At the same time I recognize that I was raised in the same culture and am susceptible to the same narcissism. I’m a squealing piggy with a blog after all. But let’s remember that this crisis has fallen disproportionately on poor and vulnerable people. We can’t forget the structures that perpetuated inequality and worsened the pandemic. Over 500,000 people needlessly went to an early grave in the U.S. and many of the people that cared for them are scarred for life while I sat comfortably at home.

I’ve also thought a lot about what works and what doesn’t during a crisis. A Buddhist friend taught me to observe my thoughts and emotions and that trick has been extraordinarily useful. Most of the time I noticed low level anxiety and fatigue caused by the constant risk management we all had to do. Sometimes I had COVID dreams and outburst of hypochondria. Observing these feelings helped to not get attached to them and kept them from spiraling out of control. I also came to the conclusion that it’s perfectly okay not to be productive all the time and recognize that the muses can be fickle in a crisis. Looking back I actually did a lot of construction work and beekeeping just not writing and podcasting.

I’m incredibly grateful to be financially secure, to have a roof over my head and to be fully vaccinated. Unfortunately, I’ve also eaten a lot of junk food and haven’t exercised like I used to. I took my first trip to the market in almost a year yesterday and am feeling optimistic and less anxious. But like Žižek, I hope that we don’t go back to the old normal but work towards a better, new normal.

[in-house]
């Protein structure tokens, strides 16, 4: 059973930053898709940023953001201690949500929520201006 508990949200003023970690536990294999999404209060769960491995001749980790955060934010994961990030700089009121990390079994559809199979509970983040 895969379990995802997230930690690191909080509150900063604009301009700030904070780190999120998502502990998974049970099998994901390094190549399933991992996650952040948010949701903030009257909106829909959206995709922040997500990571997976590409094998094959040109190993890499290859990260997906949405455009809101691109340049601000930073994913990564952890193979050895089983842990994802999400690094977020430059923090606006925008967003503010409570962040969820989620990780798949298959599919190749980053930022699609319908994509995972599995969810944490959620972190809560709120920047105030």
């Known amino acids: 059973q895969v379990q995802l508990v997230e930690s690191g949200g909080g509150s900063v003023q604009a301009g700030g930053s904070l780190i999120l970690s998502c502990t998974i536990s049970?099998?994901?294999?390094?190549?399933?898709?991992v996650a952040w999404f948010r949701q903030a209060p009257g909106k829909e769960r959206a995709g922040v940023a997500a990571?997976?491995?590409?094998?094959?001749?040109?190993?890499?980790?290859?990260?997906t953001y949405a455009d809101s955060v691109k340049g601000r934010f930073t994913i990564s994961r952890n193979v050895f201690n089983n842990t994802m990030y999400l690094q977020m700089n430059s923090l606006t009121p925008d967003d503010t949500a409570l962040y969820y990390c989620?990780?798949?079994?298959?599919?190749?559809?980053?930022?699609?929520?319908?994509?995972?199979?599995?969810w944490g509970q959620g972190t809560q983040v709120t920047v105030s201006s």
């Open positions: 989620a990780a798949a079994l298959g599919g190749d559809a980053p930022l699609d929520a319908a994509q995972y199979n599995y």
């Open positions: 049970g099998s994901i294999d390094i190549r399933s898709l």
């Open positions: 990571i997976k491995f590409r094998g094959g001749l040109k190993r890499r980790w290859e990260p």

What was the last year like for you?

I Can’t Get Adam Curtis Out of My Head

Could it be that this entire multi-thousand post blog, with all those canning, bread making, gardening, squirrel complaining ramblings are just an excuse for those few times I get to implore readers to watch the latest Adam Curtis documentary?

Methinks yes and so I must note that a new Curtis just dropped on the BBC yesterday. “Can’t Get You Out of My Head” is Curtis at his most sprawling and complex. We watched the first episode last night which covers, among other topics, British colonialism in Kenya, the Discoridian connection to the Kennedy assassination, anti-immigrant movements, artificial intelligence, a messy celebrity divorce and . . . the Bavarian Illuminati.

I can think of only a handful of other thoughtstylists who have helped guide me through these confusing times (Mark Fisher, Cornel West and Slavoj Žižek come to mind). More than any other period in my 55 years, at this particular point I think it’s important to look at the ideologies that change the way we perceive things. Curtis is a master at revealing what’s hidden in plain sight.